An article published in the journal Current Biology in July confirms Estonians do not have a single original home in the Ural mountains from where people started moving westward to reach the shore of the Baltic Sea some 5,000 years ago.
In the 21st century, when archaeogeneticists bring us one new discovery after another, no one holds it against Lennart Meri that he introduced the said hypothesis to the masses. Head of the international team of scientists, Ph.D. student of the Estonian Biocenter Lehti Saag has other news concerning the origins of Estonians.
You studied the bones of five hunter-gatherers and five farmers from 4,500-6,300 years ago. What did you find?
That is the time agriculture reached Estonia. The hunter-gatherers we looked at lived here 6,300-5,600 years ago, the farmers some 4,700-4,500 years ago. Agriculture came to Estonia in the circa one thousand years in between.
We wanted to know how people moved during that time as there has been a lot of talk about how Estonians have lived here for a very long time, and that we are a very indigenous people. It is true in the sense that we still have the most genetic material from hunter-gatherers in Europe. However, we are not the isolated hunter-gatherers who lived here thousands of years ago. We have seen several influxes of people over the millennia.
What does this more substantial hunter-gatherer component speak of? Does this mean we have not seen such waves of migration as took place in Central and Western Europe?
Not quite. Hunter-gatherers had been here a while before the first farmers reached these lands. The latter had less of the hunter-gatherer in them than modern Estonians do. When the Corded Ware farmers arrived, they did not kill off the hunter-gatherers - both groups lived side by side for a long time without mixing. Eventually the groups merged, which meant future people had more of the hunter-gatherer in them.
Another wave of immigrants had to reach the territory after the period we looked at 4,500 years ago. Haplogroup N of the Y chromosome is very common in modern Estonians, while neither group we looked at had it.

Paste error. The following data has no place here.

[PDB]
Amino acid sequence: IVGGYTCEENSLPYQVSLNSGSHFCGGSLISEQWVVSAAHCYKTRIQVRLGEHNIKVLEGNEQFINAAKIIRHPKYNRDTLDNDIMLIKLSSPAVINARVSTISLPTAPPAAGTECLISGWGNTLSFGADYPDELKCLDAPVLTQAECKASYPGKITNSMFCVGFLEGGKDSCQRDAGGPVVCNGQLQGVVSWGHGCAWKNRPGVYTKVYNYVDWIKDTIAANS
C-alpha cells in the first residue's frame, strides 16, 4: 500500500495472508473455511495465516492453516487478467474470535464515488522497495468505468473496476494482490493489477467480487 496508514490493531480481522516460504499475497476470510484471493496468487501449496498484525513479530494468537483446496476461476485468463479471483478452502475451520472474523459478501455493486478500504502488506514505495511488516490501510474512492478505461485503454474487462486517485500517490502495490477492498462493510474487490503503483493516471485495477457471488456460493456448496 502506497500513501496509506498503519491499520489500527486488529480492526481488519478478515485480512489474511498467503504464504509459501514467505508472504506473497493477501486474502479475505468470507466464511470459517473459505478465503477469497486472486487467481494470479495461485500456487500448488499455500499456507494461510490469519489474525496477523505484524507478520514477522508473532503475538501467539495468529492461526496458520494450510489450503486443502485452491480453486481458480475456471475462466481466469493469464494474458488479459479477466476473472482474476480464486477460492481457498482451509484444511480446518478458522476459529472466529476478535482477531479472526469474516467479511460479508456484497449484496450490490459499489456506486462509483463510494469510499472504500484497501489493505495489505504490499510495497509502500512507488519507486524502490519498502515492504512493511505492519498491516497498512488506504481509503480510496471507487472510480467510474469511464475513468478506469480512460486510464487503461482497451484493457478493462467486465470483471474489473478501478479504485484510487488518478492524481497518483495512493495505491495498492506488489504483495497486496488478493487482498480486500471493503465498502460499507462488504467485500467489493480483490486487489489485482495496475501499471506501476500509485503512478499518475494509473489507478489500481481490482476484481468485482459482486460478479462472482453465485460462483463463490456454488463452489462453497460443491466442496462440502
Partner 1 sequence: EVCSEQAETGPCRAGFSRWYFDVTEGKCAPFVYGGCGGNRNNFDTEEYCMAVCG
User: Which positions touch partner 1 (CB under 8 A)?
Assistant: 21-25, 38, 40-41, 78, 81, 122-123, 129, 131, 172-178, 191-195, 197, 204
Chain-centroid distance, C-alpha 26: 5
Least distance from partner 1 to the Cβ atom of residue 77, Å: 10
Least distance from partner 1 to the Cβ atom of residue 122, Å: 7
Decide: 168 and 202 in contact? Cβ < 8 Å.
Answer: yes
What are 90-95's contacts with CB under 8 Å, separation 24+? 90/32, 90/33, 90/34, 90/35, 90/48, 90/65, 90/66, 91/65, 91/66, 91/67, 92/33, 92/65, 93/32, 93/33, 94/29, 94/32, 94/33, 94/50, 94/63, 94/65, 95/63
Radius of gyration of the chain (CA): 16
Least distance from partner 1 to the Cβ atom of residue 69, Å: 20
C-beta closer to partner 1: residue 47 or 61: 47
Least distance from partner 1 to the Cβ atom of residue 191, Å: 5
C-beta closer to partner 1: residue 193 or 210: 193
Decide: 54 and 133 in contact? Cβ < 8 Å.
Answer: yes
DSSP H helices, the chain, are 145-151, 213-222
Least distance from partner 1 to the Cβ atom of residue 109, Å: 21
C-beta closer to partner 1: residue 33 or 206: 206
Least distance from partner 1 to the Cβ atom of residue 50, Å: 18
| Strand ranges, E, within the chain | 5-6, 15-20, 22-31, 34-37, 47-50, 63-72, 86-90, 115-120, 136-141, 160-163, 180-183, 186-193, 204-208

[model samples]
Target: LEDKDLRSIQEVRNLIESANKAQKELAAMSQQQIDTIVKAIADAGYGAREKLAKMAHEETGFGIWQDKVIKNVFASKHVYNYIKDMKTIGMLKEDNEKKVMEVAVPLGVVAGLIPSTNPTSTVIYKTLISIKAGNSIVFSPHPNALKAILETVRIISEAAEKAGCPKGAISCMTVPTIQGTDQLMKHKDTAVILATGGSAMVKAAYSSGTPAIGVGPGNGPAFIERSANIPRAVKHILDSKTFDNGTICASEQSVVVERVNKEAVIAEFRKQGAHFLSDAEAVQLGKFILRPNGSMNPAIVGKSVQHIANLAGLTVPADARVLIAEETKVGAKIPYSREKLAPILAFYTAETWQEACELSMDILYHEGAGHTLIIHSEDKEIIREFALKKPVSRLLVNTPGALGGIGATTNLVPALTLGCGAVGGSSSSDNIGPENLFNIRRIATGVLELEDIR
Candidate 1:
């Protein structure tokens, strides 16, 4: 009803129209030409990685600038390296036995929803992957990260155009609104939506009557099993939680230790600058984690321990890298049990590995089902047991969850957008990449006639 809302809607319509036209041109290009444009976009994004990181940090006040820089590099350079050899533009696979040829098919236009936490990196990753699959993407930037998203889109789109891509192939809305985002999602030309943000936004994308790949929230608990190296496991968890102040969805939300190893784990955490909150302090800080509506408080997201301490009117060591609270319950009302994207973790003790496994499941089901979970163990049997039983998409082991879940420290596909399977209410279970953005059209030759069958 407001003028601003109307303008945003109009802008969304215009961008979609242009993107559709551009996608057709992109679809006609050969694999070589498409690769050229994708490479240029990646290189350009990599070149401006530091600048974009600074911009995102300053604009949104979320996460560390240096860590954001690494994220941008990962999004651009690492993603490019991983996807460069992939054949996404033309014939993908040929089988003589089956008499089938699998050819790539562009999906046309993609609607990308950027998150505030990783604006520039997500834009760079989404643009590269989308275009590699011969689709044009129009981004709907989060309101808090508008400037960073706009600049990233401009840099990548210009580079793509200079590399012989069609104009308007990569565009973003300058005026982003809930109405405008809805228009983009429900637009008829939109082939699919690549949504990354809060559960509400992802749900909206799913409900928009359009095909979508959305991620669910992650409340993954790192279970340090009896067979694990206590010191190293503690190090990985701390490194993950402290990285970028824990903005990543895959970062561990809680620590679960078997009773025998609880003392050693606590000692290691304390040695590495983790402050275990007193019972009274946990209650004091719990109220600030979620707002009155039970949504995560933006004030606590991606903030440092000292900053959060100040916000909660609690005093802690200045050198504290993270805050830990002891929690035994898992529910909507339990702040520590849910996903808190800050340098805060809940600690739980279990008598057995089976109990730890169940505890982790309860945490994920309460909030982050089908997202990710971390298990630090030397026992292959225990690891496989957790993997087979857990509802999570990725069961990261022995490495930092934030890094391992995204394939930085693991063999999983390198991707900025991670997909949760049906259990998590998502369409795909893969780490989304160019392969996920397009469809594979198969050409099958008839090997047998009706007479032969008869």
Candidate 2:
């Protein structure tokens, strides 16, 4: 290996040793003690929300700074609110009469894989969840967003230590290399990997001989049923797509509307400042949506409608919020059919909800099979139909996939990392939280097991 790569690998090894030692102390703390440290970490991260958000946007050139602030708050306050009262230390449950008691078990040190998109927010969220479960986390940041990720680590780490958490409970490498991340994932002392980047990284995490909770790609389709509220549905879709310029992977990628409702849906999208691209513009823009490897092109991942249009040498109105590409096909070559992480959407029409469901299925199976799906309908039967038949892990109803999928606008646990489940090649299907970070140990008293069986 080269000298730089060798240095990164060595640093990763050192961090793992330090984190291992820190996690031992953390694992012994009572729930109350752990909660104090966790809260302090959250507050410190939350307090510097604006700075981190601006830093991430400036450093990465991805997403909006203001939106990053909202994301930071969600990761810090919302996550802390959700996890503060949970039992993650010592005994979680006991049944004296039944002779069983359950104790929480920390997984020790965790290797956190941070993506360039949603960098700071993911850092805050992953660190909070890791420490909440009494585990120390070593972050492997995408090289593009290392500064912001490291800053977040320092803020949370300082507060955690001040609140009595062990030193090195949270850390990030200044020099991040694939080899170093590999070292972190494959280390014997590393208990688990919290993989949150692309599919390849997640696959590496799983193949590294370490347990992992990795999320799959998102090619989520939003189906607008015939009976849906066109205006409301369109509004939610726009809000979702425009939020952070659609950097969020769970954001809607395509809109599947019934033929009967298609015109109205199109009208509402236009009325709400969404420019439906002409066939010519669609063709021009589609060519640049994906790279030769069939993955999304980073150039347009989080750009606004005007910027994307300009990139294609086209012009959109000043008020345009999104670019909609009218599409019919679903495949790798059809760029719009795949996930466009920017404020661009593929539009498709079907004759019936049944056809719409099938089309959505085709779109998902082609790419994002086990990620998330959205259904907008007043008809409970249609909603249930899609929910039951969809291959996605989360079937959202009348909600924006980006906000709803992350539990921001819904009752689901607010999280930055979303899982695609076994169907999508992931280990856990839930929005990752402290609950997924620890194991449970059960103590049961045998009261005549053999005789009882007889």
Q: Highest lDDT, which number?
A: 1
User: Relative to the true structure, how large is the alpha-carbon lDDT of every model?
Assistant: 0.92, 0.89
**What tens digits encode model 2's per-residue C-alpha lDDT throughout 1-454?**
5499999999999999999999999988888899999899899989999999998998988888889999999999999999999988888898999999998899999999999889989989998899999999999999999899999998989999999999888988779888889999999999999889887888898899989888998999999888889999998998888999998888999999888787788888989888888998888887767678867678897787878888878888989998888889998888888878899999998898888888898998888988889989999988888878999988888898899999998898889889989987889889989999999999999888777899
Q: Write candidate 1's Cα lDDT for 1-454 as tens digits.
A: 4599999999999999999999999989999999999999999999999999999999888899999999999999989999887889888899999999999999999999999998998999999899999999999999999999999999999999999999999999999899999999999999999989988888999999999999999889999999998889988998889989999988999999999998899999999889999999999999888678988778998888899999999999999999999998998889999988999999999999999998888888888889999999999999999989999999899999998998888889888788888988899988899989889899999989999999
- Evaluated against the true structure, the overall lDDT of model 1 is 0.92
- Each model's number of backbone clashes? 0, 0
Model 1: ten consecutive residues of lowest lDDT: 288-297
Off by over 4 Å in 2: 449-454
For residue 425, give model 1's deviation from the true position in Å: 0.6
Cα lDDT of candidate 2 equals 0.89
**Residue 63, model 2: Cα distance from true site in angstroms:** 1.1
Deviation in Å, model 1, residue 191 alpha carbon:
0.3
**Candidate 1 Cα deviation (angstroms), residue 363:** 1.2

We looked at five Corded Ware culture farmers, and they were all clearly genetically different from the hunter-gatherers who lived here before. This means farming reached these lands with people who did not initially mix with the local hunter-gatherers.
A naive question; however, modern migration looks rather chapter and verse: people cross the Mediterranean on boats and arrive in Europe. How might it have looked in Estonia thousands of years ago - did people just take their things and walk across an imaginary line? Rather it was different?
Exactly. Those people might have numbered just one initially. Next came their sons and daughters etc. It happened over a very long period of time. The people who introduced agriculture were from the steppes of Eastern Europe, quite a long way from here. They were representatives of the Yamna culture that covered a great area from the coasts of the Black Sea and the Caspian Sea northward. They expanded toward both Europe and Asia. It is probable they came to need more space, arable land, and other necessities than their original territory had to offer.
Lennart Meri’s book “Silverwhite” has left many people with the impression that our ancestors’ road to Estonia began in the Ural mountains, and that they reached the shores of the Baltic Sea some 5,000 years ago. Where does this hypothesis stand today?
It seems that this claim, that has made its way into people’s hearts, is not quite accurate. The bones we looked at confirms that people did not come here from the Ural mountains 5,000 years ago. It is, however, probable it happened more than 4,500 years ago. Like I said, future studies should answer the question of how Estonians came to have the haplogroup N of the Y chromosome. We hope to find where it came from.
The picture is now clearer in terms of farmers who came later; however, where did the hunter-gatherers who lived here before come from?